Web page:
New Soundbites: April 23-30


Fat Cat are noted for their fine roster – but no-one was prepared for the whopper Frightened Rabbit have dropped. Elsewhere Foals, Valet, Mothlite and We Are Scientists get the treatment.

Frightened Rabbit: The Midnight Organ FightAlbum Of The Week
Fat Cat
A fascinating discussion with Can’s Irmin Schmidt earlier this year threw up much pause for thought but one particular insight resonated more than the rest.
Schmidt argued that the quest to find new sounds is anything but endless; sounds in electronics and man-made instruments have their limit. But that a genuine artist can take regular patterns, sounds and clichés and evolve them through their own personal creativity into something magical.
You find new wonderful sounds in existing sounds within yourself, and a new expression of what you want to say,’ he commented.
This notion is wholly pertinent to Frightened Rabbit – a band that on the face of it and on quick listen could drown in a vast ocean of bands paddling down the same creek.
And where it not for the internet – print these days serves but a few pars for a group of their humble standing – The Midnight Organ Fight may have been been abandoned, forever cast adrift as another great ‘lost’ record.
In truth, after listening to their debut, Sings The Greys, but six months ago, their follow up was hardly atop of the ‘must-listens’ in a Spring which has proffered much quality long-players. But the various trusty webzines insisted on closer inspection.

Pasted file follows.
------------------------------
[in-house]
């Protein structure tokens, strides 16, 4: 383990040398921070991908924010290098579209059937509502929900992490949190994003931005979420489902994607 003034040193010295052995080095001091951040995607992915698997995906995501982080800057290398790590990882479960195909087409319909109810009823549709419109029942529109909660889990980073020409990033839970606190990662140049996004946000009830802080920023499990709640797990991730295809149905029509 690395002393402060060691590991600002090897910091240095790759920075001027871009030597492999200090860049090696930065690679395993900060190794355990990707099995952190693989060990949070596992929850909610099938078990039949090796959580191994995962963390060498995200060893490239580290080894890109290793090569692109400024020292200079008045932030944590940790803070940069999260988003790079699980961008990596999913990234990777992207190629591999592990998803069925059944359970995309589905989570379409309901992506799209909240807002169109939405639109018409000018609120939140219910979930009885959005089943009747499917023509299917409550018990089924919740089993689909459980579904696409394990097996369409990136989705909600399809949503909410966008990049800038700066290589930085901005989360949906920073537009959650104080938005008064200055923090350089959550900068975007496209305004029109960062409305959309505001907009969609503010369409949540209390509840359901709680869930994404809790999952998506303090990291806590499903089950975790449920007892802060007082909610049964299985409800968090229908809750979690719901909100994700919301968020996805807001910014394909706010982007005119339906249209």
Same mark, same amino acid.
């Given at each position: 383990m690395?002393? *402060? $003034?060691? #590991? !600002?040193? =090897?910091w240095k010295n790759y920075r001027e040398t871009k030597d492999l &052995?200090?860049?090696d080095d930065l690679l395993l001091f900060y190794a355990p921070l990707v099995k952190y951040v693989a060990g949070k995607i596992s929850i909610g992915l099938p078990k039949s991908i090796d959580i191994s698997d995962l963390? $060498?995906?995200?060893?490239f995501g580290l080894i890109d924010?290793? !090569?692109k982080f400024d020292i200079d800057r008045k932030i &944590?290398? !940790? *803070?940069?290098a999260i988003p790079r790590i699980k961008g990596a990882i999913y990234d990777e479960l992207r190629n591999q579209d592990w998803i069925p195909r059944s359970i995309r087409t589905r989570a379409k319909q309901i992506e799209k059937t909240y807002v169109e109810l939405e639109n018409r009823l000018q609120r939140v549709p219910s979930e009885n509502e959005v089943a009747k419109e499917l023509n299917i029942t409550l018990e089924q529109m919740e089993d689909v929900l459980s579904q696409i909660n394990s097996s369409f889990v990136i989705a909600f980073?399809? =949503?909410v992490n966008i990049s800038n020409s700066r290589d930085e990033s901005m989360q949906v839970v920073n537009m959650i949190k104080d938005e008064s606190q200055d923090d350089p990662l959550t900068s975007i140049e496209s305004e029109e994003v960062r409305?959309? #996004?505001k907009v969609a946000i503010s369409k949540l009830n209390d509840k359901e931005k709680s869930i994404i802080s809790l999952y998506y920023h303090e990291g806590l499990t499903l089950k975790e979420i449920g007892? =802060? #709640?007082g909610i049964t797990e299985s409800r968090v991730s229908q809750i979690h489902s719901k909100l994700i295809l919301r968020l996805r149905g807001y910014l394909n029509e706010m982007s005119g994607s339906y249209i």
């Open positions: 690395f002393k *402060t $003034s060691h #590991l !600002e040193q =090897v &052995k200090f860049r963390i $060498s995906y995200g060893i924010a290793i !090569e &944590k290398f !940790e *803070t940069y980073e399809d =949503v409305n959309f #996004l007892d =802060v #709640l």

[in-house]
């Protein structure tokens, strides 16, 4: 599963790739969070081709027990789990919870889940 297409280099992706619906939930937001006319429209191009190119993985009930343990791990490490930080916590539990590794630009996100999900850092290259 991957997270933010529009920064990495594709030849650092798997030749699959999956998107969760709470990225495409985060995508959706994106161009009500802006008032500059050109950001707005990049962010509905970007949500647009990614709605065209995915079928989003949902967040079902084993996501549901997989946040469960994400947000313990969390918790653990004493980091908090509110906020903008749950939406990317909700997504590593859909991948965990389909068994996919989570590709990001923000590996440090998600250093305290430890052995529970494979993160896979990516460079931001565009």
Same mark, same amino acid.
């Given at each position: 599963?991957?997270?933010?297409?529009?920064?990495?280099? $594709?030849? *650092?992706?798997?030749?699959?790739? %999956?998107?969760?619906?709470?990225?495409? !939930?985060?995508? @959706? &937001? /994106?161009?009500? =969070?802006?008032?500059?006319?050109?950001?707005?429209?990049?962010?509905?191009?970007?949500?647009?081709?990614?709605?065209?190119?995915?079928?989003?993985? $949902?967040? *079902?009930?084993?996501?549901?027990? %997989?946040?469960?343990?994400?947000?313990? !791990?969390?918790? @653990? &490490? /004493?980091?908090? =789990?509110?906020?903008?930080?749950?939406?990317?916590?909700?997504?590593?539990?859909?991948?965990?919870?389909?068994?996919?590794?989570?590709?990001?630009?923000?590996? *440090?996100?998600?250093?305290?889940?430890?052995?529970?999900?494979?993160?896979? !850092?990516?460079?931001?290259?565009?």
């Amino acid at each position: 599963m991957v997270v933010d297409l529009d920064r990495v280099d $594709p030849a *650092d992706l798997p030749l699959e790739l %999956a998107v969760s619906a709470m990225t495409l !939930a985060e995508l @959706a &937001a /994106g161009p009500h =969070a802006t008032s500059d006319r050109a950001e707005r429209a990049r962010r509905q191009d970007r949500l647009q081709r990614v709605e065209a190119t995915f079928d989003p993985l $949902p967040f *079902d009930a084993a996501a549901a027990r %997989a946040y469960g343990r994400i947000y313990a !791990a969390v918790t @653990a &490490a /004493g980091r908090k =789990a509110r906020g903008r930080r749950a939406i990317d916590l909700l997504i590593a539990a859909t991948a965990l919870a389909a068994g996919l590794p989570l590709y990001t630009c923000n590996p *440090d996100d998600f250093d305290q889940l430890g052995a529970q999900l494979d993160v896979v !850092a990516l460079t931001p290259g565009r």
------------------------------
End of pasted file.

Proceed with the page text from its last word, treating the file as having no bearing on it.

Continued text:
See the Glaswegians do throw up comparisons to Snow Patrol, they do operate in a similar trad-pop way to REM and they do dabble in the same ballpark as Idlewild – but they’re also so, so much more than just a band.
Really, have Snow Patrol ever written a song so steamingly passionate as Keep Yourself Warm which finds Scott Hutchinson howling in his infectious highly-enunciated Celtic-slur, ‘You won’t find love in a hole, it takes more than fucking someone you don’t know to keep warm‘, as brother Grant ruins his drum kit (we’ll come back to that in a sec) and Billy Kennedy imbues the track with highland warmth from a reverberating organ drone.
This emotional richness runs throughout The Midnight Organ Fight which is as life-affirming as sitting round the dinner table with your entire family on Christmas Day.
Only where the listener derives pleasure, the Midnight Organ Fight is ostensibly about disintegration.
There’s so much confessional anguish on show it runs Spiritualized‘s Ladies & Gentlemen close for emotional heartbreak.
The unceasing torment is reflected through the guitars earnest thrashing downstrokes and Grant’s maniacal battering of the kit (The Twist is effectively the relentless pounding of LCD Soundsystem‘s All Of My Friends gone indie) – live reports regularly suggest he goes through three sets of sticks before finishing the first couple of songs – while Scott concedes that death is never far away from his lyrical concerns; Head Rolls Off is a rip-roaring jangle about literally that.
Modern Leper, one of the year’s contenders for best album openers, finds Scott applying heartbreak as a form of incurable illness as he admits to being a masochist on his last legs while the juddering finger-picked anthem-in-waiting My Backwards Walk again sees Scott punishing himself for refusing to let go: ‘I’m working hard on walking out, my shoes keep sticking to the ground…